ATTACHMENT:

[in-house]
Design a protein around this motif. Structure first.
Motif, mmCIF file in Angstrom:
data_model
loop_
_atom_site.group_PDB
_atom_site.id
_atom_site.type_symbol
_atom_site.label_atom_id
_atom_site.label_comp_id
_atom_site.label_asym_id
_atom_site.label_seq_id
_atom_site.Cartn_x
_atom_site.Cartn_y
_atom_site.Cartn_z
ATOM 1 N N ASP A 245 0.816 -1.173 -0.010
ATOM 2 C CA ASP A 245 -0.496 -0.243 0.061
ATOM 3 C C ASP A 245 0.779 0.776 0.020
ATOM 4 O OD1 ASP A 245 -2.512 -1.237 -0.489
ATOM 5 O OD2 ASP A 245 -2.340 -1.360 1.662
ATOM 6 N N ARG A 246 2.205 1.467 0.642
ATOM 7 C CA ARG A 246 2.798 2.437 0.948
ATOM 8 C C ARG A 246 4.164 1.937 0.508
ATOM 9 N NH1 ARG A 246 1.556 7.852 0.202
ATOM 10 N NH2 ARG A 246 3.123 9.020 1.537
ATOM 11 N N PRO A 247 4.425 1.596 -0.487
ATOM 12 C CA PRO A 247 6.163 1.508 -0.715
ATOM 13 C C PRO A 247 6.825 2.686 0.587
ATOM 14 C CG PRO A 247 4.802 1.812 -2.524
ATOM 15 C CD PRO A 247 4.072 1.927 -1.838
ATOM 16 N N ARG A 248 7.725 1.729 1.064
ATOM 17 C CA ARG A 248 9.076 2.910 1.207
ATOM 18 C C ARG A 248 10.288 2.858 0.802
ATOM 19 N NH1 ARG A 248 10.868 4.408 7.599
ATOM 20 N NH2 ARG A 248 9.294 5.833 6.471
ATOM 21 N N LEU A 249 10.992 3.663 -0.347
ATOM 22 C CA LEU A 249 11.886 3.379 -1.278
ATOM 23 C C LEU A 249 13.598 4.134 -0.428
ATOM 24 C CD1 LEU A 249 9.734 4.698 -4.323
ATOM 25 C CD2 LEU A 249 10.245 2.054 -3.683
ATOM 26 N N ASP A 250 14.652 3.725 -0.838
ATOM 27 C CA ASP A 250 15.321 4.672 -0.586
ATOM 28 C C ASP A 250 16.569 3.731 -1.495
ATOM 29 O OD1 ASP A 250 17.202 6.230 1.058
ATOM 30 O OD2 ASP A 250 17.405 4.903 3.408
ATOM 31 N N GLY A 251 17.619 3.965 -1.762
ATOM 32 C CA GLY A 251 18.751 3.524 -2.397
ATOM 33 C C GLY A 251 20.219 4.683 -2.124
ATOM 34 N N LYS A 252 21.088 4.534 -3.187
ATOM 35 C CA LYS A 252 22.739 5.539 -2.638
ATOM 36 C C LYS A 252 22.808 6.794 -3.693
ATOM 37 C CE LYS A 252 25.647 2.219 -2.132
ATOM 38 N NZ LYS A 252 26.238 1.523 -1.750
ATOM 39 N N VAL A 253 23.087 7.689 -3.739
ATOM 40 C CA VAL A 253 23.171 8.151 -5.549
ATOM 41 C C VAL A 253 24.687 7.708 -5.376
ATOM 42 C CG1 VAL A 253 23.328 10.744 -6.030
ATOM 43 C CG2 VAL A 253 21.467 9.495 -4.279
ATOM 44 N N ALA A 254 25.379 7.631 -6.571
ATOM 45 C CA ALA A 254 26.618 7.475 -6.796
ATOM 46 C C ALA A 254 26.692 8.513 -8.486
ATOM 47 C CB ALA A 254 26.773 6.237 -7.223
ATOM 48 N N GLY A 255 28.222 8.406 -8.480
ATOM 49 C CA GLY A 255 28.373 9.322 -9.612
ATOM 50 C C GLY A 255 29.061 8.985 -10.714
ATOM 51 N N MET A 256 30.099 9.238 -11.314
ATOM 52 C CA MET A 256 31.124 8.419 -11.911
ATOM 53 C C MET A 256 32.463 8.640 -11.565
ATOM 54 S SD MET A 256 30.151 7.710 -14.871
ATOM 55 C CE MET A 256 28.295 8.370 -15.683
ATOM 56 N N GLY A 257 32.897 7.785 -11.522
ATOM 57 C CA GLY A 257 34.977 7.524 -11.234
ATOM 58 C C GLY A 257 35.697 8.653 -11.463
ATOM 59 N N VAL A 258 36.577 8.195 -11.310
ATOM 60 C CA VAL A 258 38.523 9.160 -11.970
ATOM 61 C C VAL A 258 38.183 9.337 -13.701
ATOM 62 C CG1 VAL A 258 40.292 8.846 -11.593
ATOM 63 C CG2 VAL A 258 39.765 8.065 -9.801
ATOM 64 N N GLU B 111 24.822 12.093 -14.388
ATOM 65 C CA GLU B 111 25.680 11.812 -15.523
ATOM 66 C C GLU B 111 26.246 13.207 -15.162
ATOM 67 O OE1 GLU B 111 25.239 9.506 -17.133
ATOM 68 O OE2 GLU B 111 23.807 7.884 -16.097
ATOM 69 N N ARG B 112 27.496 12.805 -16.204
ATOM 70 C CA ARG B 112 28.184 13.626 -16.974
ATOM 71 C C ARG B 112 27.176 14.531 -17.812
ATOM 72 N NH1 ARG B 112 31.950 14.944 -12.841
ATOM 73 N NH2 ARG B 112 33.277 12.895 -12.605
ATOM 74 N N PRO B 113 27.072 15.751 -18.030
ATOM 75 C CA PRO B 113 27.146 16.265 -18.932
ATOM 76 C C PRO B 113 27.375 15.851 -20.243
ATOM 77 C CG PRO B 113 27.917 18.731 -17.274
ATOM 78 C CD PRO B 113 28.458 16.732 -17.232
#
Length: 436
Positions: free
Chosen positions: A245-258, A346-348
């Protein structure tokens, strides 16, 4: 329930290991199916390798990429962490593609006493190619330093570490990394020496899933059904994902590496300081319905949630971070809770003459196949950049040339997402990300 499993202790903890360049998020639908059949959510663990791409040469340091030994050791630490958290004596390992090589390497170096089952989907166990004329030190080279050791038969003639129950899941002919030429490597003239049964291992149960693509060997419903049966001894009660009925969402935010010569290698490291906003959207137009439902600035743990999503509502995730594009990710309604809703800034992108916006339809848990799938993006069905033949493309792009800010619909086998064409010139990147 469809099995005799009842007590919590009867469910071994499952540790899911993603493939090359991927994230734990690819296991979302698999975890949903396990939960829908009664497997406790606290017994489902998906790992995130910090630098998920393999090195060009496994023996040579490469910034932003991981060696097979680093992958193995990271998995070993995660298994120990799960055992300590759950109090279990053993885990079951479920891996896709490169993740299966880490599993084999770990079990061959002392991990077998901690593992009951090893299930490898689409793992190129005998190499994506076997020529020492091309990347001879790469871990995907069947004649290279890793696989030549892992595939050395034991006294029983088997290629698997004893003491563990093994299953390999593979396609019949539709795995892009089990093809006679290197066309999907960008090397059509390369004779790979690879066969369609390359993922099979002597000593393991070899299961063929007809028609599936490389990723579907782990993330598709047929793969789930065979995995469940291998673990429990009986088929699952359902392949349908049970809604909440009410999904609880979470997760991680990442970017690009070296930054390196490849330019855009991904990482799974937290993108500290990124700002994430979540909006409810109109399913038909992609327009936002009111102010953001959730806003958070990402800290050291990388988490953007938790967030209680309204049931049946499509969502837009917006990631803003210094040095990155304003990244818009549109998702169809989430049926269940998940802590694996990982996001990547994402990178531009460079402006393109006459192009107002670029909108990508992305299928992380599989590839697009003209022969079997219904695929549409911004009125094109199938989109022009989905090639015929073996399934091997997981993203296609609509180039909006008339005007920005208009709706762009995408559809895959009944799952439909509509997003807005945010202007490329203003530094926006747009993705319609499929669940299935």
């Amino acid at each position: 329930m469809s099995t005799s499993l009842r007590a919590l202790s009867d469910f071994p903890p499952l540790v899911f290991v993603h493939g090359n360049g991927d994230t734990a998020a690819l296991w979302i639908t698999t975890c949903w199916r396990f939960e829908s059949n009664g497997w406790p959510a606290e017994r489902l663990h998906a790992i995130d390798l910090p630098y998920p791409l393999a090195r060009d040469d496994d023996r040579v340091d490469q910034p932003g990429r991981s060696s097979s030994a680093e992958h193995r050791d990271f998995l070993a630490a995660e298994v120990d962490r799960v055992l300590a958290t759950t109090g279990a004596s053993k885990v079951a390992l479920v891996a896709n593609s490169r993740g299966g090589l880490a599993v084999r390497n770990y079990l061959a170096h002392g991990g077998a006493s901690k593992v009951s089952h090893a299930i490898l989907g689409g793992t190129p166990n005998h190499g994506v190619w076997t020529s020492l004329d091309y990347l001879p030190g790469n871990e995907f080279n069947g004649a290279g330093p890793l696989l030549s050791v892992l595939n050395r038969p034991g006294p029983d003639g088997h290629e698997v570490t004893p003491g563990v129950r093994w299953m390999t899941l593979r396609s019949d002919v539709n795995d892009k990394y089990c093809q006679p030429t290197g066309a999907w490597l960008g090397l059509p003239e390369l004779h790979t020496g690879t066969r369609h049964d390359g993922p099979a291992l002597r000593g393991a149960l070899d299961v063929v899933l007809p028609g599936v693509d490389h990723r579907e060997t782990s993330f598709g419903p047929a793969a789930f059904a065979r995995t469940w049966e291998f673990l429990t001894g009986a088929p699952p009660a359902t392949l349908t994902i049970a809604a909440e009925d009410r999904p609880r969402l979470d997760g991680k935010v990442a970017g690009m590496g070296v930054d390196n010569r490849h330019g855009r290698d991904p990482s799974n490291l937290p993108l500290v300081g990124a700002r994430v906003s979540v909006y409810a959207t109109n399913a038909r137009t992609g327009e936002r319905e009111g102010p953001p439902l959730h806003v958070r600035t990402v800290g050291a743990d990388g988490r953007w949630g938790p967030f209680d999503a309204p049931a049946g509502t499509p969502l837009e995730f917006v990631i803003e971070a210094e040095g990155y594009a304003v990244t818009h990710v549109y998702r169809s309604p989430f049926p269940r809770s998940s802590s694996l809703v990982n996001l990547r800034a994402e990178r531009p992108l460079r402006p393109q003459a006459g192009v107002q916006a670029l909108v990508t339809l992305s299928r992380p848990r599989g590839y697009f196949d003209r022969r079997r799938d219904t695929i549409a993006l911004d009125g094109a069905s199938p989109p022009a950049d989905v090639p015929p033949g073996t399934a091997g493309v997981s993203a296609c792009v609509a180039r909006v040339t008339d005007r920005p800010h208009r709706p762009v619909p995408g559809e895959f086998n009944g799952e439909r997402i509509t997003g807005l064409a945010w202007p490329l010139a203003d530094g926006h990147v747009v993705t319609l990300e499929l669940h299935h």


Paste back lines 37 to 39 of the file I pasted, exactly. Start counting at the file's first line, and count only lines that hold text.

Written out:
ATOM 22 C CA LEU A 249 11.886 3.379 -1.278
ATOM 23 C C LEU A 249 13.598 4.134 -0.428
ATOM 24 C CD1 LEU A 249 9.734 4.698 -4.323